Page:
You may need more like three days to explore the theme parks in Orlando, Fla., but if you only have a few hours on a layover, you can see a side of the city that feels more like the other side of the world than the other side of town — and take home some tasty (non-Mickey) souvenirs.
First Hour: Grab a cab for the half-hour ride to ViMi, just northeast of downtown. When the English-language signs for realtors and IHOPs give way to Vietnamese, Korean, Thai, and Chinese immigration, acupuncture, and store signs, you've arrived in one of the largest Vietnamese-American communities in Florida.
It's pho time. The typical morning meal in Vietnam is a hearty, herb-laden noodle soup that will fortify you for the day. Family-owned Pho 88 serves up an authentic bowl in beef, chicken, or vegetarian versions. Assemble your dish your way with the plate of herbs, sprouts, and limes accompanying the big, steaming bowl of soup and slurp your way to happiness.
Second Hour: Head for Tien Hung Oriental Foods market — they bill themselves as "A Mysterious Wonderland of Unidentifiable Asian Food Products," which is just about right. You know you're in another world inside these walls with the first sniff of aisle after aisle of exotic foodstuffs. It's enough to make you homesick for Saigon, even if you've never been. For the last 25 years this market has supplied the local Asian population with the foods they left back home.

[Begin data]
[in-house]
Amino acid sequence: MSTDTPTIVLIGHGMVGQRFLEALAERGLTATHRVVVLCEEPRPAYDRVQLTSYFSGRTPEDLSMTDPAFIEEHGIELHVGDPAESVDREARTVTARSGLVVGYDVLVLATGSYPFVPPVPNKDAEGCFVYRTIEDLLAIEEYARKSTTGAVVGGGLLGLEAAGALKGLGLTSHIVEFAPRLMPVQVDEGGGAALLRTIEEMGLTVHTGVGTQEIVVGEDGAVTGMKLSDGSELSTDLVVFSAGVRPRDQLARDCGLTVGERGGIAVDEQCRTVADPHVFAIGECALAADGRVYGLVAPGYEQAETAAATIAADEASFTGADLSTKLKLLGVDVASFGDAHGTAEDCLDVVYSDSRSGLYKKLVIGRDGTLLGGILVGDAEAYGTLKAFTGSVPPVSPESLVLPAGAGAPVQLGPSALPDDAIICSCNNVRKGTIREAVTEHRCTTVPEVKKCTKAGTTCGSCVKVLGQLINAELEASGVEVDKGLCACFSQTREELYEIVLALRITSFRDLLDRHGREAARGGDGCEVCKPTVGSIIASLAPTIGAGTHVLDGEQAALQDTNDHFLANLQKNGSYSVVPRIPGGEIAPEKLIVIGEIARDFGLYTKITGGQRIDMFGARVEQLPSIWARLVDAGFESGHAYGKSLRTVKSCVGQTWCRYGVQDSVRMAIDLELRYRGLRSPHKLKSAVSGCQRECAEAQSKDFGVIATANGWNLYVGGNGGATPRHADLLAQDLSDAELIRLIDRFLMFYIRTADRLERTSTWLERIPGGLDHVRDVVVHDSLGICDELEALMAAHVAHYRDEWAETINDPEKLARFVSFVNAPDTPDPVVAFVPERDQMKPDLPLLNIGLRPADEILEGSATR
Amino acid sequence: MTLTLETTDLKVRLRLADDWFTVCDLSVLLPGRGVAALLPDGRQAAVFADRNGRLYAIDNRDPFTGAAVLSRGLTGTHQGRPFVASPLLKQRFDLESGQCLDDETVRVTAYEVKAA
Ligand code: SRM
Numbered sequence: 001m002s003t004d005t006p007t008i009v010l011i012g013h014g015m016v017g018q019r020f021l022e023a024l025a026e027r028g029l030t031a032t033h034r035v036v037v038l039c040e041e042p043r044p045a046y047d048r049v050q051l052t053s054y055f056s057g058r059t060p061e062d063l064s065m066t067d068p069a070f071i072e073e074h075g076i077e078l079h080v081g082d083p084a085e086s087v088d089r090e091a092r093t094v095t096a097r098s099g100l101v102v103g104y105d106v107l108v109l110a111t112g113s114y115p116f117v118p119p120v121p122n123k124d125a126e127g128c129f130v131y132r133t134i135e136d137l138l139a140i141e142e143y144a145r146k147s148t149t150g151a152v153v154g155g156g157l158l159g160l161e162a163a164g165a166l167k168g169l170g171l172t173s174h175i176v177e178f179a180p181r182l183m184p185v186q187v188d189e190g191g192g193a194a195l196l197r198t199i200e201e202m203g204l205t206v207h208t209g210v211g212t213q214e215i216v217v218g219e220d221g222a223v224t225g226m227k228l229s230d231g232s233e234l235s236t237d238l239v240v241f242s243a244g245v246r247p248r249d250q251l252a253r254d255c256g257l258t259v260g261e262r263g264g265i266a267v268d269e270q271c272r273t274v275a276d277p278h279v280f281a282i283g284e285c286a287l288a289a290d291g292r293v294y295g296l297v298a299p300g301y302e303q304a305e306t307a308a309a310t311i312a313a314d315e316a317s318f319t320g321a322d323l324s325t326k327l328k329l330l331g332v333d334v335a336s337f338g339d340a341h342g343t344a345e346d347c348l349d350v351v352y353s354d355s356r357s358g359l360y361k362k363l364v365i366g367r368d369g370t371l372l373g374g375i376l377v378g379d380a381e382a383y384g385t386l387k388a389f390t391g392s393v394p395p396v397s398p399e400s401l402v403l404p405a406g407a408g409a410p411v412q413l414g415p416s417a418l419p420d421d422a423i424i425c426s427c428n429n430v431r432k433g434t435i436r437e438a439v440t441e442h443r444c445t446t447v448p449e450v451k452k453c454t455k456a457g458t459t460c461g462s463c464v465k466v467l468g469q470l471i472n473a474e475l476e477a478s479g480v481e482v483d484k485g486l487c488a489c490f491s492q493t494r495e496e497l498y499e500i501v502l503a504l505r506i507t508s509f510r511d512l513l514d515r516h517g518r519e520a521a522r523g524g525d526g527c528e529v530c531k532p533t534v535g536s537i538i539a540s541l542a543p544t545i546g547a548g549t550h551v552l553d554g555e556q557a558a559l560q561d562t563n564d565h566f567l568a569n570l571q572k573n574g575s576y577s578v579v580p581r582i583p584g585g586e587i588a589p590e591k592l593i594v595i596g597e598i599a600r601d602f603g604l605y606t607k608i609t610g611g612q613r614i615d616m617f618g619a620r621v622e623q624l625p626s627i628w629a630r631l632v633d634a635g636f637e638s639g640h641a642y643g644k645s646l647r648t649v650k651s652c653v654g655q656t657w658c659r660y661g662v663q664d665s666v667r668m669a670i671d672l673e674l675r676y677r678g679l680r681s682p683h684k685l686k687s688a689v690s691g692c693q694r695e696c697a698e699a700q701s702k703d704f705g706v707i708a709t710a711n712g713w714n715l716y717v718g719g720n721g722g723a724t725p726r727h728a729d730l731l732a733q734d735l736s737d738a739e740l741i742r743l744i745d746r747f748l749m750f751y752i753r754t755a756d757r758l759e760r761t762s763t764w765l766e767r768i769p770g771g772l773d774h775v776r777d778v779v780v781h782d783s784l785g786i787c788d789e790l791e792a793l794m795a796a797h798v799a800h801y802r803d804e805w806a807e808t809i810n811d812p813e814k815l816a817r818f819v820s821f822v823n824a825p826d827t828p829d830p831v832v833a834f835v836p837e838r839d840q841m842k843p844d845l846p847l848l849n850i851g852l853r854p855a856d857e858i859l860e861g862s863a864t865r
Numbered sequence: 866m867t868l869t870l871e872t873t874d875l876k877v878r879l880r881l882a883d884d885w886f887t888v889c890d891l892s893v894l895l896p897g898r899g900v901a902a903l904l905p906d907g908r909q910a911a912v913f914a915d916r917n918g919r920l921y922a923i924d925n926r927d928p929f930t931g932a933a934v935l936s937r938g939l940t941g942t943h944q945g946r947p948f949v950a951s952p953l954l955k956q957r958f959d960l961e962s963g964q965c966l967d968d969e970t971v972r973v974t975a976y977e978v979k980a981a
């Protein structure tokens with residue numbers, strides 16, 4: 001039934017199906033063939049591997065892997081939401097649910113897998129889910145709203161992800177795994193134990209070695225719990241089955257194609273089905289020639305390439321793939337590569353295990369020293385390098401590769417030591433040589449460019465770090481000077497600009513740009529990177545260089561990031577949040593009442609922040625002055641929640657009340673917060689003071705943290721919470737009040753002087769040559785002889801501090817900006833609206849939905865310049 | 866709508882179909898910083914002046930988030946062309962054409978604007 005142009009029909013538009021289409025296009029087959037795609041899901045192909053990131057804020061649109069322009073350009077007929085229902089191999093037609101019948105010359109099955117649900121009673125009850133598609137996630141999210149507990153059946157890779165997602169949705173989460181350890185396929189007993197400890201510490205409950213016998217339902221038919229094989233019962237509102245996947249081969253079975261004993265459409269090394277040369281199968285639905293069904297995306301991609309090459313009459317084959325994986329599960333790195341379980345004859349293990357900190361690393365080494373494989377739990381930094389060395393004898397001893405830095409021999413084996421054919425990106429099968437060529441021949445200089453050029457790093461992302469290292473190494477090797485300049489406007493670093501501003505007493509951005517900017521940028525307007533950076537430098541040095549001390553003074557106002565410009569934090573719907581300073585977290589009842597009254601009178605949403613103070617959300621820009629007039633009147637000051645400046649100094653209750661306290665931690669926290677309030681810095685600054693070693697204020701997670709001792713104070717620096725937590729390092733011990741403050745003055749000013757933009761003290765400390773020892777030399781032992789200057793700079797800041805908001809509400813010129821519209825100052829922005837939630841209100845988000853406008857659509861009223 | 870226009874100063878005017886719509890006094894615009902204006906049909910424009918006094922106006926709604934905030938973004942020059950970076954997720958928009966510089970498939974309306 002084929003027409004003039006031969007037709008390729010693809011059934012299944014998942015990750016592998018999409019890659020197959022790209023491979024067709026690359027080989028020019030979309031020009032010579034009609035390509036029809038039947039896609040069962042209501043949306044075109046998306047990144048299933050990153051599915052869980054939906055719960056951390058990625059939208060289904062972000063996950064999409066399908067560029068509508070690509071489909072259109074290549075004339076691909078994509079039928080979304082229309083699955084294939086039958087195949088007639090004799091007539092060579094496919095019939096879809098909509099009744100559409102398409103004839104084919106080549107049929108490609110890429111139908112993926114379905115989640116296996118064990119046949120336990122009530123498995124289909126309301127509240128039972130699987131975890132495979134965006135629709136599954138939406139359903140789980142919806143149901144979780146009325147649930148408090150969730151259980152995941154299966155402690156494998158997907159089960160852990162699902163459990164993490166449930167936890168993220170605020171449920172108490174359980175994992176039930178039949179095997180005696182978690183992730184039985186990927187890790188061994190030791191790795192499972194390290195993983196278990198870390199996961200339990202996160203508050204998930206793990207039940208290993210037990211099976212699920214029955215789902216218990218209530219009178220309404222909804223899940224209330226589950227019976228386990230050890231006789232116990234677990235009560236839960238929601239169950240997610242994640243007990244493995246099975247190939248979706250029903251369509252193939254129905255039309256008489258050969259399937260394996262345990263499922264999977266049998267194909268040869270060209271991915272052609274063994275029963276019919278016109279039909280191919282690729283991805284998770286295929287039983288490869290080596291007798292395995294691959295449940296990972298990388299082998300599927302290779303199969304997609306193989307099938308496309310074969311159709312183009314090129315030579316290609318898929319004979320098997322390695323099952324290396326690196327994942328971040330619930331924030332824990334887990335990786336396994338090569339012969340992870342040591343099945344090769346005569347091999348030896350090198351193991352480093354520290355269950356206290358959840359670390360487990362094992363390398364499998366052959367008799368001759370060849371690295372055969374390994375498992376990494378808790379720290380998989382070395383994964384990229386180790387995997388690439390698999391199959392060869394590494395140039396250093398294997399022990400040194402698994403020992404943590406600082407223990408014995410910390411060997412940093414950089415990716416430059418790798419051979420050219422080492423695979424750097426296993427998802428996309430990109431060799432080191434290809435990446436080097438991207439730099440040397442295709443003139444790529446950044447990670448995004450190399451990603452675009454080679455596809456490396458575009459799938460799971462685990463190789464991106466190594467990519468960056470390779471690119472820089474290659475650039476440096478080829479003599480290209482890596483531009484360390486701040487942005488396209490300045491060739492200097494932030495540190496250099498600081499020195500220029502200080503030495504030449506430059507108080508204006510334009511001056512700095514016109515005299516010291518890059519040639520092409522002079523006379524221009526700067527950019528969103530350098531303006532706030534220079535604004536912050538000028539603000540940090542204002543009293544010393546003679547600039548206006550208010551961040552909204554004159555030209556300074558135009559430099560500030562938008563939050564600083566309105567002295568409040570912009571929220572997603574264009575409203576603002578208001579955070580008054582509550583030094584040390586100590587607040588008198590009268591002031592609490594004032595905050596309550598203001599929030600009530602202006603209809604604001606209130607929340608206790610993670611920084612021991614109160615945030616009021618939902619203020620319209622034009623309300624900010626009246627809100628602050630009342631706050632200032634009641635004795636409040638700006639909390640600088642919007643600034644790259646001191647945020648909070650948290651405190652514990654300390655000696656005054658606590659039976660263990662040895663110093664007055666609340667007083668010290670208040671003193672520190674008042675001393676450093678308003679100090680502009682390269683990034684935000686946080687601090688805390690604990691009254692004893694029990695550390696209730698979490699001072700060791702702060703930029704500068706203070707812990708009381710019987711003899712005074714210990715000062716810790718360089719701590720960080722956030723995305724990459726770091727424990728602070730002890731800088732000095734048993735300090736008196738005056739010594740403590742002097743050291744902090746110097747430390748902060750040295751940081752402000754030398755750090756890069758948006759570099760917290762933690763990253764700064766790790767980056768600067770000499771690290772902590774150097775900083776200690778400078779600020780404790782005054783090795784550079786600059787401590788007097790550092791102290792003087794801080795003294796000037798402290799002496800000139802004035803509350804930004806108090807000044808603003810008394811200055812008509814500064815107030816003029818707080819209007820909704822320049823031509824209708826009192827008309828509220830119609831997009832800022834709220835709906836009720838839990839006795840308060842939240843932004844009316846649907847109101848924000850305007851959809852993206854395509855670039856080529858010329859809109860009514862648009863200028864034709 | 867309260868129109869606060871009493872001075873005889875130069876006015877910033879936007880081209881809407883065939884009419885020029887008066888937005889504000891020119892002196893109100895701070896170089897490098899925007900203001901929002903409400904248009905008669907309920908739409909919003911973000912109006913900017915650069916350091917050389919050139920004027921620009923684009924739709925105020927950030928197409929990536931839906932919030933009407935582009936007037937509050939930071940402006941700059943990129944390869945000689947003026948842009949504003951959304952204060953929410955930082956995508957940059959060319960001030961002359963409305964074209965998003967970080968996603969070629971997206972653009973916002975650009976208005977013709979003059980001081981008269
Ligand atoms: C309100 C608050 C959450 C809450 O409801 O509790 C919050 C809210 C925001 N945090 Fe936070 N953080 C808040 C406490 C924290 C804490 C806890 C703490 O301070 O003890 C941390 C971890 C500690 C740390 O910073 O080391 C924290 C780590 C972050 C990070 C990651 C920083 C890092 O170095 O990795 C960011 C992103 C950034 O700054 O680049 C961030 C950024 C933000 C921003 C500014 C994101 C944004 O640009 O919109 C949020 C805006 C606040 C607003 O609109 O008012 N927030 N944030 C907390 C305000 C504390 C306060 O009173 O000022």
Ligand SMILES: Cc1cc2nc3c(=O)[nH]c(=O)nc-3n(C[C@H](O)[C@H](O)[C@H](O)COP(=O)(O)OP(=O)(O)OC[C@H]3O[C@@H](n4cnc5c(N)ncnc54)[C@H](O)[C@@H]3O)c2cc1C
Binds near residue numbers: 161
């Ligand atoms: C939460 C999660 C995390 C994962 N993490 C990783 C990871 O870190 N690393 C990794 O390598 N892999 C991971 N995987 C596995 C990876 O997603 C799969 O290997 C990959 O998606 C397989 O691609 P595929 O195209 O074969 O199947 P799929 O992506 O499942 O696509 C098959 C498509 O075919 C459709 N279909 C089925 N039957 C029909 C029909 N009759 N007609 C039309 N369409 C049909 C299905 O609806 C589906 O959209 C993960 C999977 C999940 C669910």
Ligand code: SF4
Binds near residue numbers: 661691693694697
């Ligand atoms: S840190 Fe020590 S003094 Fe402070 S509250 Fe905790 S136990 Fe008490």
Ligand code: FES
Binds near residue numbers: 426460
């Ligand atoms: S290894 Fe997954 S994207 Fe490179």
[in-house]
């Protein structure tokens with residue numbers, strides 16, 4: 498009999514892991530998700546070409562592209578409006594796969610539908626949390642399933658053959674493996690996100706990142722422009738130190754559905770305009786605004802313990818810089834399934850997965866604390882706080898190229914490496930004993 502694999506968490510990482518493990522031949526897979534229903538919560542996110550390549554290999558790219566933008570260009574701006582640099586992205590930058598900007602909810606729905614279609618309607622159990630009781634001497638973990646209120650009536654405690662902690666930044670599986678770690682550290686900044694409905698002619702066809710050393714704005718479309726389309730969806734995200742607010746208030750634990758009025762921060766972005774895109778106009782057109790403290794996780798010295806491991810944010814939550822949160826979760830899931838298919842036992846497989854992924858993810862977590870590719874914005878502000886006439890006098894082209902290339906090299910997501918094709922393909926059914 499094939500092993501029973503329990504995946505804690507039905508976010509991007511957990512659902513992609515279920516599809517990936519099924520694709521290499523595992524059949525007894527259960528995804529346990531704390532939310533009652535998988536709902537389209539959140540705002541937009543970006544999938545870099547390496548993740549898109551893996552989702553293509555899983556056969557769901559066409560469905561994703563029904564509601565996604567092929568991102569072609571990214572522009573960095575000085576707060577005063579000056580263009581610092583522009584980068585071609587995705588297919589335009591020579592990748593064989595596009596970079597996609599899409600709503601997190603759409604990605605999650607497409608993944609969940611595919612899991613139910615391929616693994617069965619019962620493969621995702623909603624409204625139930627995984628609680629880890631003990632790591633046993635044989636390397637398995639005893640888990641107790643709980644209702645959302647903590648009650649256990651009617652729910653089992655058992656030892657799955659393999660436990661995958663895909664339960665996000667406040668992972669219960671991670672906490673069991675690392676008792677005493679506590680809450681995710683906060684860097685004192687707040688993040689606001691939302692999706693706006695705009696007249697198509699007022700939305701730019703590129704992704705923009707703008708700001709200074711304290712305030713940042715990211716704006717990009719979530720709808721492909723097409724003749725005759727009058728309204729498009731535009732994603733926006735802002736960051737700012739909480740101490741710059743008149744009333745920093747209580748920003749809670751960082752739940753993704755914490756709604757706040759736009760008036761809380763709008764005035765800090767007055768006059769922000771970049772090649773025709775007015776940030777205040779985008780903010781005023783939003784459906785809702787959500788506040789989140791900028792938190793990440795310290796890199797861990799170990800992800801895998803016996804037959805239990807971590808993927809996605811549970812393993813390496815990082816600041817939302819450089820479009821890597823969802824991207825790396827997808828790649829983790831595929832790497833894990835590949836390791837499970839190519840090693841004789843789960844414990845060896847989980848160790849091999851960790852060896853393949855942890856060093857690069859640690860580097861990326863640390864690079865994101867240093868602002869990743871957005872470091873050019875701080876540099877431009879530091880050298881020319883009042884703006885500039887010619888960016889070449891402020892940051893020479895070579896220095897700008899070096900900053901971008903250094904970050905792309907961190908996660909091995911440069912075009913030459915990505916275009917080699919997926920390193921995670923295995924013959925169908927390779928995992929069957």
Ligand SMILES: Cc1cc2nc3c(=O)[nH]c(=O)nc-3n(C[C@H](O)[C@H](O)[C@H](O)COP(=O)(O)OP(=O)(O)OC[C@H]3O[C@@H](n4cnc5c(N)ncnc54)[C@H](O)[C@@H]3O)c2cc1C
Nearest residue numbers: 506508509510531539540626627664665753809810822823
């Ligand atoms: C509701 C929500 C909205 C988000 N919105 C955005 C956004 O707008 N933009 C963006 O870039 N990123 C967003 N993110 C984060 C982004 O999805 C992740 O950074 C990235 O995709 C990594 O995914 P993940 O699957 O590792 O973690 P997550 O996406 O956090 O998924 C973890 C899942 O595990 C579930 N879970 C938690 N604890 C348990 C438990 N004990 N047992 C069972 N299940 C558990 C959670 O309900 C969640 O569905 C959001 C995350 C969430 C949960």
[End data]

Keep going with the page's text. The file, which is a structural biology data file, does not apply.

Shoppers come from around Florida to stock up on the likes of durian, pork spleen, pig ear, and fish heads. American-born shoppers typically head for the frozen-foods aisle for egg rolls, the owner says, but you might like to grab a bottle of bot muoi ot — chile salt seasoning for fruit. Or, stop in the back to pick out a bánh mì — the sandwiches ubiquitous to southern Vietnam. You can't go wrong no matter what you select; according to one recent shopper, age 62, the food here is her secret ingredient to staying young.
Third Hour: It's time to eat again. Sample your way through a vast swathe of Asia with a stop at Hawkers. It's all the freshly prepared, glorious street food you can find across Vietnam, Thailand, China, and more, without those pesky worries about sanitation, lack of refrigeration, and mystery ingredients.
Sharing is encouraged, so pick a handful of dishes from the small plates section of the menu — green beans are a crowd favorite (seriously, you'll see!) as is the roti canai, a puffy, warm Malaysian flatbread. Then grab a papaya salad to hit Thailand, roast duck for China, stir-fry udon in the Japanese style, Singaporean curry laksa, and oh, why not some Korean bulgogi beef lettuce wraps? There are still dozens more dishes, so you'll have to plan a return trip. But before you go, don't miss the mango sticky rice and an iced Vietnamese coffee.